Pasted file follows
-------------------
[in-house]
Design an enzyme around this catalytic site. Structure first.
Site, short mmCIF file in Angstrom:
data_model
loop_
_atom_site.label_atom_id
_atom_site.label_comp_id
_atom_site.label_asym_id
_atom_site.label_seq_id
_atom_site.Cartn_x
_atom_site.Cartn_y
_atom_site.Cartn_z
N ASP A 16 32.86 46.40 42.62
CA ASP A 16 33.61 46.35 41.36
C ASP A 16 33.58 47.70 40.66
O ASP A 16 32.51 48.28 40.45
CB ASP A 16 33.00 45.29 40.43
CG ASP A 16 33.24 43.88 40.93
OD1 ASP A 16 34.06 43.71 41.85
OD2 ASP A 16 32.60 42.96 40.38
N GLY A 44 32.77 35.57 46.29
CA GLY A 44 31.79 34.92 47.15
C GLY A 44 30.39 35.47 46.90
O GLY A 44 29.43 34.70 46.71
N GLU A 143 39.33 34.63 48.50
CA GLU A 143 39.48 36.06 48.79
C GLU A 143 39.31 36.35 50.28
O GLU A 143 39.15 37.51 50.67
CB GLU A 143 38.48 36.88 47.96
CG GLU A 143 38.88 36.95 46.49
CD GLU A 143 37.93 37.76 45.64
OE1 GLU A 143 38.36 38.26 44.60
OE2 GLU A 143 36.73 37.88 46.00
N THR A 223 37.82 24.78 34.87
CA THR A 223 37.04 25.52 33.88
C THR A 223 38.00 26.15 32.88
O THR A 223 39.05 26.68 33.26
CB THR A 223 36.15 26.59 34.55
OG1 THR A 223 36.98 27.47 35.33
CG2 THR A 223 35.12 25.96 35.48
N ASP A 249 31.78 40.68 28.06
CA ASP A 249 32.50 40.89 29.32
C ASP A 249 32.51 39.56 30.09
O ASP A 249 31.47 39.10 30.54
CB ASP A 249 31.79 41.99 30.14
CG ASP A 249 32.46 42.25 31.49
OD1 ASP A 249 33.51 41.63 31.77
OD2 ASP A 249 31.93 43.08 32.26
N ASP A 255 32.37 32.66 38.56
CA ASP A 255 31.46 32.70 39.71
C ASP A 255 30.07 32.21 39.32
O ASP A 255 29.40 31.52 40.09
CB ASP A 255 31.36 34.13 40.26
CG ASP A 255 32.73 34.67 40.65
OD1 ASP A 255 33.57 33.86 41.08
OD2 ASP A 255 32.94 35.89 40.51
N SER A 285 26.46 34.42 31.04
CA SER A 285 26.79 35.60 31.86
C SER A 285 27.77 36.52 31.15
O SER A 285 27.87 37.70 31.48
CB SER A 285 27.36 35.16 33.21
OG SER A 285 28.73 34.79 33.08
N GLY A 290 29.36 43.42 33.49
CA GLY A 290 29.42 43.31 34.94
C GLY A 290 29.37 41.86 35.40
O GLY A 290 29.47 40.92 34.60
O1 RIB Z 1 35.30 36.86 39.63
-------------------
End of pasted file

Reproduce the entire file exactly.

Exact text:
[in-house]
Design an enzyme around this catalytic site. Structure first.
Site, short mmCIF file in Angstrom:
data_model
loop_
_atom_site.label_atom_id
_atom_site.label_comp_id
_atom_site.label_asym_id
_atom_site.label_seq_id
_atom_site.Cartn_x
_atom_site.Cartn_y
_atom_site.Cartn_z
N ASP A 16 32.86 46.40 42.62
CA ASP A 16 33.61 46.35 41.36
C ASP A 16 33.58 47.70 40.66
O ASP A 16 32.51 48.28 40.45
CB ASP A 16 33.00 45.29 40.43
CG ASP A 16 33.24 43.88 40.93
OD1 ASP A 16 34.06 43.71 41.85
OD2 ASP A 16 32.60 42.96 40.38
N GLY A 44 32.77 35.57 46.29
CA GLY A 44 31.79 34.92 47.15
C GLY A 44 30.39 35.47 46.90
O GLY A 44 29.43 34.70 46.71
N GLU A 143 39.33 34.63 48.50
CA GLU A 143 39.48 36.06 48.79
C GLU A 143 39.31 36.35 50.28
O GLU A 143 39.15 37.51 50.67
CB GLU A 143 38.48 36.88 47.96
CG GLU A 143 38.88 36.95 46.49
CD GLU A 143 37.93 37.76 45.64
OE1 GLU A 143 38.36 38.26 44.60
OE2 GLU A 143 36.73 37.88 46.00
N THR A 223 37.82 24.78 34.87
CA THR A 223 37.04 25.52 33.88
C THR A 223 38.00 26.15 32.88
O THR A 223 39.05 26.68 33.26
CB THR A 223 36.15 26.59 34.55
OG1 THR A 223 36.98 27.47 35.33
CG2 THR A 223 35.12 25.96 35.48
N ASP A 249 31.78 40.68 28.06
CA ASP A 249 32.50 40.89 29.32
C ASP A 249 32.51 39.56 30.09
O ASP A 249 31.47 39.10 30.54
CB ASP A 249 31.79 41.99 30.14
CG ASP A 249 32.46 42.25 31.49
OD1 ASP A 249 33.51 41.63 31.77
OD2 ASP A 249 31.93 43.08 32.26
N ASP A 255 32.37 32.66 38.56
CA ASP A 255 31.46 32.70 39.71
C ASP A 255 30.07 32.21 39.32
O ASP A 255 29.40 31.52 40.09
CB ASP A 255 31.36 34.13 40.26
CG ASP A 255 32.73 34.67 40.65
OD1 ASP A 255 33.57 33.86 41.08
OD2 ASP A 255 32.94 35.89 40.51
N SER A 285 26.46 34.42 31.04
CA SER A 285 26.79 35.60 31.86
C SER A 285 27.77 36.52 31.15
O SER A 285 27.87 37.70 31.48
CB SER A 285 27.36 35.16 33.21
OG SER A 285 28.73 34.79 33.08
N GLY A 290 29.36 43.42 33.49
CA GLY A 290 29.42 43.31 34.94
C GLY A 290 29.37 41.86 35.40
O GLY A 290 29.47 40.92 34.60
O1 RIB Z 1 35.30 36.86 39.63